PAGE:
According to Whitworth, “while the benefits of Fusion are best realized with an enterprise installation, the platform does allow users with existing applications to use Fusion for any module within the framework. The design gives users the opportunity to start small and expand the use of Fusion over time–eventually evolving their ecosystem into a single workflow platform.”
“I would not be surprised if this application has a relatively sizable market share in three to four years,” Whitworth said. “Customers would have a single place to do their work–which is very enticing.”
Accounting for Mortgage Bankers by Advantage Systems Inc.
Advantage Systems Inc. is essentially providing the mortgage industry with a full-loan level accounting system known as Accounting for Mortgage Bankers (or AMB).
The company’s CEO and founder Brian Lynch said the system is designed to save mortgage bankers from having to publish numerous spreadsheets to see what is going on with individual loans.
AMB lets users track transactions and quickly summon up specific data such as profitability by loan, profitability by loan type, profitability by loan officer and profitability by loan branch. In the past, this type of access required “separate spreadsheets,” Lynch pointed out in an interview with HousingWire.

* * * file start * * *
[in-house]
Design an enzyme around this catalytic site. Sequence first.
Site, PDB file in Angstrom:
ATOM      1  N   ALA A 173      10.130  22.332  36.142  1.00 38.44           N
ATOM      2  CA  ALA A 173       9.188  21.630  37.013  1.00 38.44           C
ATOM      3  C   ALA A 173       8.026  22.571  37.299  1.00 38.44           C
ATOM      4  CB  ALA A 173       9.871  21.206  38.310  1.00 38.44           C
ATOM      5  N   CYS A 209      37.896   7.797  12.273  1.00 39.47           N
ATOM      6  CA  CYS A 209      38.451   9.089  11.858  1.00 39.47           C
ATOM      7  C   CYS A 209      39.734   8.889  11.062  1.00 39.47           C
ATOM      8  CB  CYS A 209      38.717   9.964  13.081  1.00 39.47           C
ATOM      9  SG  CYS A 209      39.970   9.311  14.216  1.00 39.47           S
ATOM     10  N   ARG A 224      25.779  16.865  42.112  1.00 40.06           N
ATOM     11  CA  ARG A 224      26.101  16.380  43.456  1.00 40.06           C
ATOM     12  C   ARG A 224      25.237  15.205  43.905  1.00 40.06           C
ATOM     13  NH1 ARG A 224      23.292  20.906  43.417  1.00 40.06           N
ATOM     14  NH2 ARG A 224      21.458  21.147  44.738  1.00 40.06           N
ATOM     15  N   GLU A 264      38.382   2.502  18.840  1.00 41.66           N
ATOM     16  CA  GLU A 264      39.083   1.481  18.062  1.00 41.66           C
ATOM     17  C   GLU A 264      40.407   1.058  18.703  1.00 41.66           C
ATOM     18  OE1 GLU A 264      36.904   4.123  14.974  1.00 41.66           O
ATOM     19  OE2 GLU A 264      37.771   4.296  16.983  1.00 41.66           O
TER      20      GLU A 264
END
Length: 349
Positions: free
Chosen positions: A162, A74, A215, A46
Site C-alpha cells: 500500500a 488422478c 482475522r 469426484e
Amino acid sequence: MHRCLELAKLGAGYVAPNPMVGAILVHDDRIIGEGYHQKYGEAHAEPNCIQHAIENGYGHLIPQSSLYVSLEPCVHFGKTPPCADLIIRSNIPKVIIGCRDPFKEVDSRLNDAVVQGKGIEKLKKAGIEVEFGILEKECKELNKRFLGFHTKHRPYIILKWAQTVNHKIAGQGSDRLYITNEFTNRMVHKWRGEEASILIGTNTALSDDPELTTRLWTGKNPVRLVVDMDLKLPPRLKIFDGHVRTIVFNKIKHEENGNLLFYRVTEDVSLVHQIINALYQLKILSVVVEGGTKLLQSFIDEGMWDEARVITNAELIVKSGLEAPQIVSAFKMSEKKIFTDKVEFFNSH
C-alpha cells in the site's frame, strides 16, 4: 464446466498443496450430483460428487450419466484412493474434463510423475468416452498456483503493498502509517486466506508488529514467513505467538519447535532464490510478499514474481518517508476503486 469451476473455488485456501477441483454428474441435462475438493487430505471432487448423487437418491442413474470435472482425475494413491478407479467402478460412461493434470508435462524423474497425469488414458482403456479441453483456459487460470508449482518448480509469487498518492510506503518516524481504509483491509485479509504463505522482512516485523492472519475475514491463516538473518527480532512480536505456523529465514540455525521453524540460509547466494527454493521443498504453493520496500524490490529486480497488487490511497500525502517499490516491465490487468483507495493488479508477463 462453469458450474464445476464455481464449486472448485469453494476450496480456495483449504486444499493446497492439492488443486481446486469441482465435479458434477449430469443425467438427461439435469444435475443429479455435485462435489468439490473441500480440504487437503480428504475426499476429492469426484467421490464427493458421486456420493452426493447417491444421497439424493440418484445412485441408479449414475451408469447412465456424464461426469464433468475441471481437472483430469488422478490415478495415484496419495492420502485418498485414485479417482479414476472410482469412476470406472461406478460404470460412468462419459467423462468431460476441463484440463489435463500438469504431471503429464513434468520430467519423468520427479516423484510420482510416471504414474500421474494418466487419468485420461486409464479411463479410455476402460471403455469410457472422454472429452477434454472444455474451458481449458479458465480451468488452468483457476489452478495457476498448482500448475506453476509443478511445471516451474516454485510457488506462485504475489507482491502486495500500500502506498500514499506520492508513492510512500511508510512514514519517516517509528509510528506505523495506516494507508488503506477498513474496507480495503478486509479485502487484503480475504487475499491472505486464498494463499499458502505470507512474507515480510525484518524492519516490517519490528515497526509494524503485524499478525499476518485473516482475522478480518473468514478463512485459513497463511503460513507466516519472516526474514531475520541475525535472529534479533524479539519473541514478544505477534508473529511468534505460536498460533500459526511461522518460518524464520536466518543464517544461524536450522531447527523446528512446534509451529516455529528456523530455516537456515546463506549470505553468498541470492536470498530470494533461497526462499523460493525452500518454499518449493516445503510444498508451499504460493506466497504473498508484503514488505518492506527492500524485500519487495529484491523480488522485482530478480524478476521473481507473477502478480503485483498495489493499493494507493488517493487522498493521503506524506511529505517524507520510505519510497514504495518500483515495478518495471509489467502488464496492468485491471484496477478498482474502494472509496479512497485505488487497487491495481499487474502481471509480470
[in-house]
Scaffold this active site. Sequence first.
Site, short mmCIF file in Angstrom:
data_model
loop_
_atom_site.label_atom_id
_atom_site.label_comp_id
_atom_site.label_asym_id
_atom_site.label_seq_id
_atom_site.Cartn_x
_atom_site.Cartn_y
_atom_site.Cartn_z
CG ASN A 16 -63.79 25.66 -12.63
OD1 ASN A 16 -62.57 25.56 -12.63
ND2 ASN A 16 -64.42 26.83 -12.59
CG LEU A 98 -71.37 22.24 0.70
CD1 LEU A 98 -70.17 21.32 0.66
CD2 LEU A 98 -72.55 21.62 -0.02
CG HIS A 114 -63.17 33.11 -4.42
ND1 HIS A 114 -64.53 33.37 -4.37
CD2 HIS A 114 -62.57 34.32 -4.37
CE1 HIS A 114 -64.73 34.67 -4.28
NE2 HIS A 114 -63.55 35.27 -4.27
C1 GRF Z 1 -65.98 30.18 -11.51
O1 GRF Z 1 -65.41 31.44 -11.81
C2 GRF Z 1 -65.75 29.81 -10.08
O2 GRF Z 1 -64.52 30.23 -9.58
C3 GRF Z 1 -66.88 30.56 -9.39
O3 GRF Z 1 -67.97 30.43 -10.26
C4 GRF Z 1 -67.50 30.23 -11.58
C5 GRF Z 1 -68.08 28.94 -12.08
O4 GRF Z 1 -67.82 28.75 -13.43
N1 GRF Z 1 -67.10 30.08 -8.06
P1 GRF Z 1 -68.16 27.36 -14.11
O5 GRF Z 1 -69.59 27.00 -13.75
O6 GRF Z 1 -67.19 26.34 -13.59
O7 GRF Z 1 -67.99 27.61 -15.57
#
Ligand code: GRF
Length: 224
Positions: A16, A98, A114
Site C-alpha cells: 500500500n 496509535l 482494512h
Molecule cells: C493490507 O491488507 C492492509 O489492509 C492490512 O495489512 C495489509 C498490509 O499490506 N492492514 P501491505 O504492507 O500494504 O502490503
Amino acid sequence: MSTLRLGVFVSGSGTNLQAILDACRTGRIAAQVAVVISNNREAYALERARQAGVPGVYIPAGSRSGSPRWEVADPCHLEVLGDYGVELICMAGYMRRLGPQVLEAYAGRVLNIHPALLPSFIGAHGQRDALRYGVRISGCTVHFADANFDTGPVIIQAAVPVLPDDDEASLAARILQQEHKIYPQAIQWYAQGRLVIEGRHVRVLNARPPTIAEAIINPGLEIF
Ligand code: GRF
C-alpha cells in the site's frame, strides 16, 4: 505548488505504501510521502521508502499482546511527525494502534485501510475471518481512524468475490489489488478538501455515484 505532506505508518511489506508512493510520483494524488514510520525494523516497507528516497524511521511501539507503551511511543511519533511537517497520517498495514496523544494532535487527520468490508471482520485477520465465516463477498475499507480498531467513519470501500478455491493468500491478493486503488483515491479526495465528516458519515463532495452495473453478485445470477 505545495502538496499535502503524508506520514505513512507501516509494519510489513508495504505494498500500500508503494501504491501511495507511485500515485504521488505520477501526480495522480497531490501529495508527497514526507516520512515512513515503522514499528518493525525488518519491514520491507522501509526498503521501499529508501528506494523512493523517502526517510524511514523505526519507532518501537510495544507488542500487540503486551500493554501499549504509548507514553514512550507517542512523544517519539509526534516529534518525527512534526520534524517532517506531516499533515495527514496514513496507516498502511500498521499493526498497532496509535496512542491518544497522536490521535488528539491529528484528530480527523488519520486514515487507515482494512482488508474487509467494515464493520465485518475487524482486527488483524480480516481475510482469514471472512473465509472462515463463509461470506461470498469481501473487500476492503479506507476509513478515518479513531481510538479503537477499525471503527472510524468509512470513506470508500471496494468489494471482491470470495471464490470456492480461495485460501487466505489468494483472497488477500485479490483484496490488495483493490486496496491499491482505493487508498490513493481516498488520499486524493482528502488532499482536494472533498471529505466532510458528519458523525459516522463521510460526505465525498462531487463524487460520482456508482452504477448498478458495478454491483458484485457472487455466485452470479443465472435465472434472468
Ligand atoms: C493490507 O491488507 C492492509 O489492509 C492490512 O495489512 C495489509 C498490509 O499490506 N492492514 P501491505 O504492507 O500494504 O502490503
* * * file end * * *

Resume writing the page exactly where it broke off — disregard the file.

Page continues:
“It allows people to get away from using spreadsheets, and it gives them the ability to do a lot of the reporting that they couldn’t do otherwise.”
The other value of Advantage Systems is that it allows central banks to have easy access to accounting information from branches.
“It allows you to grow your business without growing your accounting staff,” Lynch noted. “In this refi environment, we see a lot of clients (in banking) growing their businesses.” Using more traditional accounting methods, that type of growth would have forced them to hire more staff, but today, the accounting technology does not require labor expansion along with growth.
Branch managers can see loan level data in real time in a reporting module that connects the branches to the main bank.
The company’s product is focused mostly on the origination side, with 230 active clients.
Global DMS focuses on appraisal
Global Unity, a 2012 tech roll-out from Global DMS, is the company’s answer to lenders wanting the option to manage the entire appraisal process from a centralized place within the firm’s own LOS system, the company said.
The goal is to connect lenders to valuation products, tools, AMCs and appraisers.
Matt McHale, managing partner and chief revenue officer with Global DMS, told HousingWire, “The whole point of what we are trying to accomplish with Global Unity is to have a system that will have multiple integrations.” He added, the system lets users communicate with each other, in addition they will have the ability to send files in real time.
The integration “starts with the lender’s LOS system,” McHale said. “The information from the LOS is then carried over to our system. It compliantly tracks everything from the initial order to the final appraisal report.”